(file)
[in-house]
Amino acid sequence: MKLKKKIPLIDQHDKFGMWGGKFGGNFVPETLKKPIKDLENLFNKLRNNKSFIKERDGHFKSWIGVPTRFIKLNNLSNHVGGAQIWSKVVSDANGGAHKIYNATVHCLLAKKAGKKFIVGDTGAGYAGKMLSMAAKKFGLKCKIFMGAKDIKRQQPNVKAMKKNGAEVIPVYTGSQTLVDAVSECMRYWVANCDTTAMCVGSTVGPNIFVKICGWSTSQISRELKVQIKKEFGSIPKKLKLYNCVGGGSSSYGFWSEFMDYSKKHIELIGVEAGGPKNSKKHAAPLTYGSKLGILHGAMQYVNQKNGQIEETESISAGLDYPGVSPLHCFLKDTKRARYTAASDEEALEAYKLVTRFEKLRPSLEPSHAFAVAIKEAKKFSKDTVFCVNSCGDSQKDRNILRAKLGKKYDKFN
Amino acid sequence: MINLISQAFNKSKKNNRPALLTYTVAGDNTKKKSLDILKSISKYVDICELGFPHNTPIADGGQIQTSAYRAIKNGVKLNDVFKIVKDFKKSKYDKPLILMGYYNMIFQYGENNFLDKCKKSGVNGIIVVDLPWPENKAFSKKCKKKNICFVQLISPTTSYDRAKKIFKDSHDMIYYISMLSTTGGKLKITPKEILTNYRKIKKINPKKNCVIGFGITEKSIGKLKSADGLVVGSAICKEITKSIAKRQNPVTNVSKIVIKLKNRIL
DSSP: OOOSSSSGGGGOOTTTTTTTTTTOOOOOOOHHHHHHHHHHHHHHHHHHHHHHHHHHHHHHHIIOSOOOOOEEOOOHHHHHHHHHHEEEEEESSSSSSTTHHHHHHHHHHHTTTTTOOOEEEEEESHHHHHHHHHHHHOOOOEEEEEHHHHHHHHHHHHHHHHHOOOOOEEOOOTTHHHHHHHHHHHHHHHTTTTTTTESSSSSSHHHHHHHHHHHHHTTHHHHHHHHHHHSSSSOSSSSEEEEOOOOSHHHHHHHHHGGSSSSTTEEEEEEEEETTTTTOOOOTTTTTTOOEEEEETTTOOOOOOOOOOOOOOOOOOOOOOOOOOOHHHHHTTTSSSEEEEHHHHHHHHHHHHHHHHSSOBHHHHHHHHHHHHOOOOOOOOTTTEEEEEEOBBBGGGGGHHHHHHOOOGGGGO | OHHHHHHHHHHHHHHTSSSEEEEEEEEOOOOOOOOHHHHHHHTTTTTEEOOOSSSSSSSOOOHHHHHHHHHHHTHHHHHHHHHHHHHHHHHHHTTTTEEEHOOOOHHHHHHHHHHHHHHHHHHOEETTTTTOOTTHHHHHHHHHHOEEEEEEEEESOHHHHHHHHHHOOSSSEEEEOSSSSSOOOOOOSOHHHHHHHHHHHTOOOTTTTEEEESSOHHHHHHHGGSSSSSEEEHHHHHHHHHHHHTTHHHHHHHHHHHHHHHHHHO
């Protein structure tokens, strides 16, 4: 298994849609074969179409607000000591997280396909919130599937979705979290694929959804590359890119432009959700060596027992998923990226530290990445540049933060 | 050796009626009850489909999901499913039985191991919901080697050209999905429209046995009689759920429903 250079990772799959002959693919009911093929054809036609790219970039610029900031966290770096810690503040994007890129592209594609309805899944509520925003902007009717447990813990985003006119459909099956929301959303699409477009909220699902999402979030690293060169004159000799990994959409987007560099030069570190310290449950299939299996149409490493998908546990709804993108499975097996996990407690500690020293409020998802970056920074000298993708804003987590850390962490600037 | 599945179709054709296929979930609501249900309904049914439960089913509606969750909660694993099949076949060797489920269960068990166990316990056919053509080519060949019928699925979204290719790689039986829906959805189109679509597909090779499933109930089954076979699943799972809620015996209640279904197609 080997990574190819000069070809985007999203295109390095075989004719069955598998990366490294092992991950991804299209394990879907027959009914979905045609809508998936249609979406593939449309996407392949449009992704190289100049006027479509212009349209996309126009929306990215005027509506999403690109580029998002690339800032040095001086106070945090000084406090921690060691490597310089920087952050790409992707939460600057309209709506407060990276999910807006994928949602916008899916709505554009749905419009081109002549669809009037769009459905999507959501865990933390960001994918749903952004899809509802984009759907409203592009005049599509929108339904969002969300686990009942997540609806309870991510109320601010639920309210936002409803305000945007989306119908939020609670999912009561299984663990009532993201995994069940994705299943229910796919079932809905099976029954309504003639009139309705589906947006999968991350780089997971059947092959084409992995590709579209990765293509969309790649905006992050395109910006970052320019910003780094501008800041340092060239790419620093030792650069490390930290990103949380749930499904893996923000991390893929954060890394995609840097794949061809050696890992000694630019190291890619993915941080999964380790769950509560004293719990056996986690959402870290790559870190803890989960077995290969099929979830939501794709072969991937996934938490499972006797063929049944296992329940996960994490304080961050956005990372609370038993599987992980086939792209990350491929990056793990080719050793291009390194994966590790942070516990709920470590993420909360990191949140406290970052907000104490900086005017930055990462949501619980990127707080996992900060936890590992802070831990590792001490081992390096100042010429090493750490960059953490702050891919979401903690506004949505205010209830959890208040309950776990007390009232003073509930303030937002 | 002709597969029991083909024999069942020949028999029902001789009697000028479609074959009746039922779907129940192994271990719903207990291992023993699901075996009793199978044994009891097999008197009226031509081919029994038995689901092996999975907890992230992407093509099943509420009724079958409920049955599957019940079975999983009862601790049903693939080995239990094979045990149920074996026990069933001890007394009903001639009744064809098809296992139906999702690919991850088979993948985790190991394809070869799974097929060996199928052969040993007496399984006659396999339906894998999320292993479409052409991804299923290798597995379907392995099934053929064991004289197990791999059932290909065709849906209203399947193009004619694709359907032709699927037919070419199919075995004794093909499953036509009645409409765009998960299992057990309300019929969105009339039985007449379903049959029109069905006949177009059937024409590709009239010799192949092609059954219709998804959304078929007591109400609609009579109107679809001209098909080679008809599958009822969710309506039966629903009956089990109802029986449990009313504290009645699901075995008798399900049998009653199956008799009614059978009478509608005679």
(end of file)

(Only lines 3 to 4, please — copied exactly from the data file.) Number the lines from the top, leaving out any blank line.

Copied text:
Amino acid sequence: MINLISQAFNKSKKNNRPALLTYTVAGDNTKKKSLDILKSISKYVDICELGFPHNTPIADGGQIQTSAYRAIKNGVKLNDVFKIVKDFKKSKYDKPLILMGYYNMIFQYGENNFLDKCKKSGVNGIIVVDLPWPENKAFSKKCKKKNICFVQLISPTTSYDRAKKIFKDSHDMIYYISMLSTTGGKLKITPKEILTNYRKIKKINPKKNCVIGFGITEKSIGKLKSADGLVVGSAICKEITKSIAKRQNPVTNVSKIVIKLKNRIL
DSSP: OOOSSSSGGGGOOTTTTTTTTTTOOOOOOOHHHHHHHHHHHHHHHHHHHHHHHHHHHHHHHIIOSOOOOOEEOOOHHHHHHHHHHEEEEEESSSSSSTTHHHHHHHHHHHTTTTTOOOEEEEEESHHHHHHHHHHHHOOOOEEEEEHHHHHHHHHHHHHHHHHOOOOOEEOOOTTHHHHHHHHHHHHHHHTTTTTTTESSSSSSHHHHHHHHHHHHHTTHHHHHHHHHHHSSSSOSSSSEEEEOOOOSHHHHHHHHHGGSSSSTTEEEEEEEEETTTTTOOOOTTTTTTOOEEEEETTTOOOOOOOOOOOOOOOOOOOOOOOOOOOHHHHHTTTSSSEEEEHHHHHHHHHHHHHHHHSSOBHHHHHHHHHHHHOOOOOOOOTTTEEEEEEOBBBGGGGGHHHHHHOOOGGGGO | OHHHHHHHHHHHHHHTSSSEEEEEEEEOOOOOOOOHHHHHHHTTTTTEEOOOSSSSSSSOOOHHHHHHHHHHHTHHHHHHHHHHHHHHHHHHHTTTTEEEHOOOOHHHHHHHHHHHHHHHHHHOEETTTTTOOTTHHHHHHHHHHOEEEEEEEEESOHHHHHHHHHHOOSSSEEEEOSSSSSOOOOOOSOHHHHHHHHHHHTOOOTTTTEEEESSOHHHHHHHGGSSSSSEEEHHHHHHHHHHHHTTHHHHHHHHHHHHHHHHHHO